Monday, February 27, 2012
Thursday, February 23, 2012
All smart travellers know that bus stations, airports, border crossings, and places of general convergence tend to attract all sorts of scum. Beyond the usual beggars, buskers, or loitering laggards, there are a few clever crooks always seeking to steal anything of value. Some schemes go to outrageous measures to ensure a dirty dollar, while others simply prey on ignorance. My encounter in Buenos Aires falls somewhere in the middle, relying mostly on excellent timing combined with a skillful plan.
I’ve handled crack heads in Costa Rica, urchins in Nicaragua, bustling desperates crossing to Cambodia, child clad gypsies in Italy, and even sly thieves in Canadian airport security; all of which tried to steal my belongings. This occurrence only took a bit of ink, some fast hands, and a moment of clouded thinking, and quite literally a single moment.In retrospect, I really should have followed ALL of my in-transit rules, and should not have left out the’ keeping my debit and credit card separate’. I also should have taken a taxi to the bus station. I also wish I had spat on the woman I knew was trying to rob me. The truth is though, I didn’t know she actually had robbed me until I was nearly at the bus that I eventually boarded. The scheme went like this:
A woman approaches you with a black substance on her fingers, saying you have something on your bag. She offers Kleenex to help clean it up. You politely refuse and keep walking. She persists and even grabs at your backpack buckles. You say no thank you and keep walking …. And that’s it.
Truth is, I actually do have a big black mark on my back of my bag. The mark of shame I’ve been calling it. I almost give the woman credit for doing her job so well. I mean, I kept my purse in front, by my hips the entire time; I kept walking, didn’t stop, and told her to go away. Kind of amazing, but such is my encounter with the Buenos Wallet Snatcher. The sneaky bitch ….
Sunday, February 19, 2012
At 10:30, the square you had walked into was fairly deserted. Just a few people setting up fold-up chairs and umbrellas, turning the square into an extended version of their restaurants. Wide leaved trees rimmed the raised cobble stoned square, as did the beautiful and ornate colonial architecture that seemingly never ends in Buenos Aires. It was quiet, hot and nothing adherently special.
The day time walk into the micro center proved to be somewhat similar – besides the long walking boulevard, many shops and even restaurants were barely operational. Men in suits scurried along, while women window shopped the expensive stores that line the business sector and Avenida Florida. Many people were scattered in the occasional squares you came across, simply napping or enjoying a helado. It was hot, sweaty, and kind of unimpressing; The food options seemingly boring.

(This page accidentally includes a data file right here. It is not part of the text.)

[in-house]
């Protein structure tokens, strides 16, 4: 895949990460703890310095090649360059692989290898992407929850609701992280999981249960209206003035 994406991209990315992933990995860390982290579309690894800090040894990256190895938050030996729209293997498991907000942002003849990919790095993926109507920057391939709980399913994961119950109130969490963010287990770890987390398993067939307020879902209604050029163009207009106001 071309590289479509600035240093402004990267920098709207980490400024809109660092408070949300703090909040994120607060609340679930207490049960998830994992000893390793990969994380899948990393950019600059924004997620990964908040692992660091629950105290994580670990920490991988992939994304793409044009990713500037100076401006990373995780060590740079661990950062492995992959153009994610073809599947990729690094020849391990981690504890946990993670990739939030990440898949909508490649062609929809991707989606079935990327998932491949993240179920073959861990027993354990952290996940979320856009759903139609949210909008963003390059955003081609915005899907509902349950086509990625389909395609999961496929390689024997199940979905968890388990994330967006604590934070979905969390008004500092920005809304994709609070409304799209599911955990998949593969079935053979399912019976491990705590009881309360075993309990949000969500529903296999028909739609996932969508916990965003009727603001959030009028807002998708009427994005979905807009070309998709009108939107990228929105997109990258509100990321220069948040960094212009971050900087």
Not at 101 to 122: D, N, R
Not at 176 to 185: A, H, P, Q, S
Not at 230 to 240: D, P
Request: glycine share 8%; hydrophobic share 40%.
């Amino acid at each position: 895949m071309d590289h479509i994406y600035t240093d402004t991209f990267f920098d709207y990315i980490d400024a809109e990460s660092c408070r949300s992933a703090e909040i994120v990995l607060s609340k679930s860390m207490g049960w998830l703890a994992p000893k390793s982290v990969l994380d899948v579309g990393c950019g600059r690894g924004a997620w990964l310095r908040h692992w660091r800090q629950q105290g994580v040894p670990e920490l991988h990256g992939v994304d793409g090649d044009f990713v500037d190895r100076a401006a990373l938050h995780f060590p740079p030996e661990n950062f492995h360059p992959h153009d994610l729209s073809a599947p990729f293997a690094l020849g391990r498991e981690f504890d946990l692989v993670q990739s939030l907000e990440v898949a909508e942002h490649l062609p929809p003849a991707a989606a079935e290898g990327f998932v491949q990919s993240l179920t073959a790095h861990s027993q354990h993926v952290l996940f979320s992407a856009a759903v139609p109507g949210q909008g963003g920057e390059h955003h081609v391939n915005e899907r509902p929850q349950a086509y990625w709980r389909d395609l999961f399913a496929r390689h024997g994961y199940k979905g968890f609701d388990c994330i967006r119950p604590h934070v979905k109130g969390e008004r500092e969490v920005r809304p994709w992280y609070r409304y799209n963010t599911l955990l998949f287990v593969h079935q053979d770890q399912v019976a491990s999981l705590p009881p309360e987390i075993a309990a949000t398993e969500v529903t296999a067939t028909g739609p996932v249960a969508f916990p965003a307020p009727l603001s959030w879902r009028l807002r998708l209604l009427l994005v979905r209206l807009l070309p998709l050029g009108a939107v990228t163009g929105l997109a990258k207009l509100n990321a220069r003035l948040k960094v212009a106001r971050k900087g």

You consider staying in this night to make your own meal, as to save money. But no, you really want to try this famous Argentine steak. The moment you step out of the iron gated doors into Buenos Aires after dusk, you notice a change; People are out walking their dogs, lining up at popular restaurants, collecting at doorsteps to talk about the day. They even populate that nearly deserted square. Buskers are abundant, and absolutely amazing; you have never heard better, consistent street performances anywhere else in the world.
After dinner, you find yourself back at the square where you had started the day. The fold-out chairs are nearly full, crowded around an amplifier and simplified drum set. As you wait for the music to start, The Spaniard, The Swiss girl and you enjoy a jug of Sangria. The night progresses into a warm, perfectly cliché Buenos Aires experience. Beautifully played guitar notes scream into the night air, as people dance amongst the square. Sexually charged tango performances are to follow while children juggle for money, and friends laugh over vino and beer. It is a good night.
Thursday, February 16, 2012
Red eyed with wickedly curly locks, a backpack and slightly stinky attire is how I rolled into my abode for the night. I just spent a not-so-agonizing twenty hours flying from Calgary to Toronto to Santiago and finally landing in Buenos Aires. I wish I had been more cognitive for the bus ride from the airport to the city center. Between head nods however, the city looked amazing. And huge. It’s exactly as everyone told me it would be, a cross between any European city and any Latin one.
The slums next to the highway have more brick and mortar than a lot of the Latin places I’ve been, but they also have more tin roofs than any European one I’ve seen either. What I noticed first was the well maintained green spaces along the highway – park spaces even. No litter. The traffic was what I expected, although the tree lined boulevards weren’t necessarily.I have been greeted with thunder and torrential rain. And a cheap bottle of wine, like $2 kinda cheap …. And yep, I just tasted it …. It tastes like what I would imagine $2 wine to taste like. Light. Sugary. Acidic…. In need of brandy and juice.